Letters to the Editor

Selective amnesia, Patterson

Thursday, January 24, 2019

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Dear Editor,

Former Prime Minister P J Patterson described legislation by the Andrew Holness Administration to take over the 49 per cent stake in Petrojam held by PDVCaribe, a subsidiary of Petroleos de Venezuela (PDVSA), as a “dangerous precedent” that would send “negative signals to foreign direct multinationals”; thus highlighting both his and the Opposition People's National Party's selective amnesia in regards to the history of policies that guided the Government of Jamaica's involvement in such acquisitions over the past 45 years.

To combat this amnesia, a little investigative journalism would have revealed that in the 1970s the Michael Manley-led Administration, in seeking to reduce dependency on foreign investment, nationalised with compensation all foreign-owned utility companies (electricity, telephone, and public transportation companies), and also purchased sugar factories and the foreign-owned Barclays Bank (National Commercial Bank).

In the 1980s when Exxon Corporation (Petrojam) decided to sell its Jamaican refinery, the Edward Seaga Government bought the company so that the country could refine oil locally and continue a re-export programme.

Similarly, the Government intervened when most of the major bauxite companies decided to close operations or leave Jamaica, despite its pro-foreign investment stance.

The past actions of the Government of Jamaica, like the intended present actions to ensure energy stability to the nation's growth and energy security, are therefore not a “dangerous precedent”.

In February 2015 the Minister of Science, Technology, Energy and Mining Phillip Paulwell announced that: “Jamaica may just be one month away from learning which entity has made a firm offer for the 49 per cent stake in Petrojam held by PDVCaribe, a subsidiary of Petroleos de Venezuela (PDVSA).” According to Minister Paulwell then, the Venezuelan oil company had “advised the Jamaican Government in June 2014 that it would be selling its minority stake in the refinery — a decision that came after a years-long push to have PDVSA assume majority ownership and control of the asset, which is in need of upgrading”. ( The Gleaner, February 15, 2015)

The questions to be answered by Paulwell is whether he was lying to the people of Jamaica concerning Petroleos de Venezuela advising the then Administration of its intent to sell its 49 per cent stake in Petrojam.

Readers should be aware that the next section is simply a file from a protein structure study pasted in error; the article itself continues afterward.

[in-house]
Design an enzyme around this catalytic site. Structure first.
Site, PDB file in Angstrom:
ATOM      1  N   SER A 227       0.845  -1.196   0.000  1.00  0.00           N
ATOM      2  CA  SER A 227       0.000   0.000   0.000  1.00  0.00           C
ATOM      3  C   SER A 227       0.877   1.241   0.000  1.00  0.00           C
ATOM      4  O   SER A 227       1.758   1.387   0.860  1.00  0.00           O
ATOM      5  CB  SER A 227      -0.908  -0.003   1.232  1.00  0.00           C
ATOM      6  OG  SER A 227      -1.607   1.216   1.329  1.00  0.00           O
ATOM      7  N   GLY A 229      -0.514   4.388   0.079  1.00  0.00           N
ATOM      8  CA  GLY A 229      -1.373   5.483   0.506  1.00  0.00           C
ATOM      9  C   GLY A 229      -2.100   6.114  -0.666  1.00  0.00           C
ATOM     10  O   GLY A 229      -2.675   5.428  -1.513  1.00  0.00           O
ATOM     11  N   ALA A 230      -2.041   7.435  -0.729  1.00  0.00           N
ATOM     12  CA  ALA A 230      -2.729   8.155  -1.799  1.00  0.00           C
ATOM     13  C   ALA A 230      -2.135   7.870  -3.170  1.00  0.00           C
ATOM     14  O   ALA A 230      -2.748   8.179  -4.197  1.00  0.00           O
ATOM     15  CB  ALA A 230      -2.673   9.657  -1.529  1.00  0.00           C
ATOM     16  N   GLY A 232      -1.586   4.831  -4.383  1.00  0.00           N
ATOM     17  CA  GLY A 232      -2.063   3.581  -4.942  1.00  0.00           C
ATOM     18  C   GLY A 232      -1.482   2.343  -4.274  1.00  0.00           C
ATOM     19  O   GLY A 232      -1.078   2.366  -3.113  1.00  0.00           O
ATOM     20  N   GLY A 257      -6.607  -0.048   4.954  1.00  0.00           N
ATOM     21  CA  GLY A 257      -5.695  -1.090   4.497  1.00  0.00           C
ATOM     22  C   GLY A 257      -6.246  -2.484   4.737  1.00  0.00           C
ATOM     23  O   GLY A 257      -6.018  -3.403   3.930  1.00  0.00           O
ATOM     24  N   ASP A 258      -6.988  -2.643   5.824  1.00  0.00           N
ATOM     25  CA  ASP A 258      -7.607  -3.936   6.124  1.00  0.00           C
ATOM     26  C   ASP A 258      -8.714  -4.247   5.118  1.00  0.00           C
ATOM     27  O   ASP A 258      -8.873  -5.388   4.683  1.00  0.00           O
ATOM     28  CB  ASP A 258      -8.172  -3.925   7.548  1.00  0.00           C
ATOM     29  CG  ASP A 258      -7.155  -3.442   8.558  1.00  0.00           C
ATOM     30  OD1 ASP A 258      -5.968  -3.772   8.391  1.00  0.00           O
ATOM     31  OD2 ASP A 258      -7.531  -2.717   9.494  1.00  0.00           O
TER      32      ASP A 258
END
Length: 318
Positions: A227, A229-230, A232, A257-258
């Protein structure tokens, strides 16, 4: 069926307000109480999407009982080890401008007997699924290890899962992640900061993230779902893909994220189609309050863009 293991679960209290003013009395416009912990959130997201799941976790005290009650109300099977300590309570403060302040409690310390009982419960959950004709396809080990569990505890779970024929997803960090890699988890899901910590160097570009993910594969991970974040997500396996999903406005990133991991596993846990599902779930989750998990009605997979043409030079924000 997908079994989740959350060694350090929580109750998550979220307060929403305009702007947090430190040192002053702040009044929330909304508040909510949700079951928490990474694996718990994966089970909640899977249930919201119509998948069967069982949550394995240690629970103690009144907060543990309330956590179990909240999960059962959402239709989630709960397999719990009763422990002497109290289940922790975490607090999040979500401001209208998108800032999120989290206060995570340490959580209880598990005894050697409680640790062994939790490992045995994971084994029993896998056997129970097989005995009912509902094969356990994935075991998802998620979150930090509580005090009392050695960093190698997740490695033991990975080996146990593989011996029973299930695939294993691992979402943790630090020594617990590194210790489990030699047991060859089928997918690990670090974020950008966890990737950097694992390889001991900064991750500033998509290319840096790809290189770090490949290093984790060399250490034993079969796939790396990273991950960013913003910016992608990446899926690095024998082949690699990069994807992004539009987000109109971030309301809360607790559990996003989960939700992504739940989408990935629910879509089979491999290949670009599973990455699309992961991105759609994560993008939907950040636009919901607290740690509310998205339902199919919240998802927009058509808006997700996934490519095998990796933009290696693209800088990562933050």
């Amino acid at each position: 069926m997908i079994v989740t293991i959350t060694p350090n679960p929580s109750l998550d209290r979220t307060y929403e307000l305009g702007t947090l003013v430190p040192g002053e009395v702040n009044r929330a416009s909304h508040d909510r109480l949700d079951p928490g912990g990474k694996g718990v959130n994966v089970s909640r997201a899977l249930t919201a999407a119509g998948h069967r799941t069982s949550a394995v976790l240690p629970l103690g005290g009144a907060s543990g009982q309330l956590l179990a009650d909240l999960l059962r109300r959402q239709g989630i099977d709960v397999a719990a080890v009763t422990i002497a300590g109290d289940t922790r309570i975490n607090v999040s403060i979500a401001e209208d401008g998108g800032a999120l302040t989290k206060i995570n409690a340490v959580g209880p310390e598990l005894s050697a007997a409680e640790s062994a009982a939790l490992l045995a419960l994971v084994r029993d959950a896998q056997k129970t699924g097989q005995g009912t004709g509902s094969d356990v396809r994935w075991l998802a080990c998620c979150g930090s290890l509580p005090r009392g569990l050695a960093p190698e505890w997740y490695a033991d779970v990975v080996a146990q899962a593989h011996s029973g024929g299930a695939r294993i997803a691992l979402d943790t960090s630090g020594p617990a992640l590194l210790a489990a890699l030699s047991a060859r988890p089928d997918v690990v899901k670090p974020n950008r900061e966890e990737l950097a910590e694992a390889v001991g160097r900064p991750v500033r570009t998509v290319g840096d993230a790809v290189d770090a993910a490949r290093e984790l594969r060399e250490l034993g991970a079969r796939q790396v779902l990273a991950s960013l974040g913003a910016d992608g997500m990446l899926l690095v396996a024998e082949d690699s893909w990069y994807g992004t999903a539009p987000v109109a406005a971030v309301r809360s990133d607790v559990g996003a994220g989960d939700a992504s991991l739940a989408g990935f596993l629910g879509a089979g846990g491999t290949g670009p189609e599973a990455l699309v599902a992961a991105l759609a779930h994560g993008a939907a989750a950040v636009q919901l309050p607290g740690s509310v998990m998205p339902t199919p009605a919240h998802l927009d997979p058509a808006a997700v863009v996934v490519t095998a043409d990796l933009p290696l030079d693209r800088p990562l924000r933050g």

Secondly, he could say if one or all of the intended buyers of the PDVCaribe shares were genetically aligned to the People's National Party.

Thirdly, if the Venezuelan Government had signalled its intentions to sell these shares, what could have led to a drastic shift in mindset? Was it the general election of February 25, 2016 that disrupted the divestment, or perhaps it is that the Nicolas Maduro regime prefers doing business with the People's National Party?

Finally, one can hear the deafening silence of the Jamaican Government, Opposition and Private Sector Organisation of Jamaica on Maduro's actions in December 2018, when the Venezuelan Government took control of installations owned by Goodyear ( Jamaica Observer, December 15, 2018) or earlier in May when Reuters reported that President Maduro seized the operations of Kellogg and handed it over to the workers. The collapse of the Venezuelan economy is due to rampant corruption and oppressive actions of Patterson's “Good Samaritan” on its own citizens.

Let us not fool ourselves in believing that in the story of the Good Samaritan (Luke 10:25-37) , the one who took care of the injured traveller (stranger), oppressed his own workers at home.

It was Martin Luther King Jr who said, “True compassion is more than flinging a coin to a beggar; it is not haphazard and superficial. It comes to see that an edifice which produces beggars needs restructuring.”

Dudley C McLean II

Mandeville, Manchester


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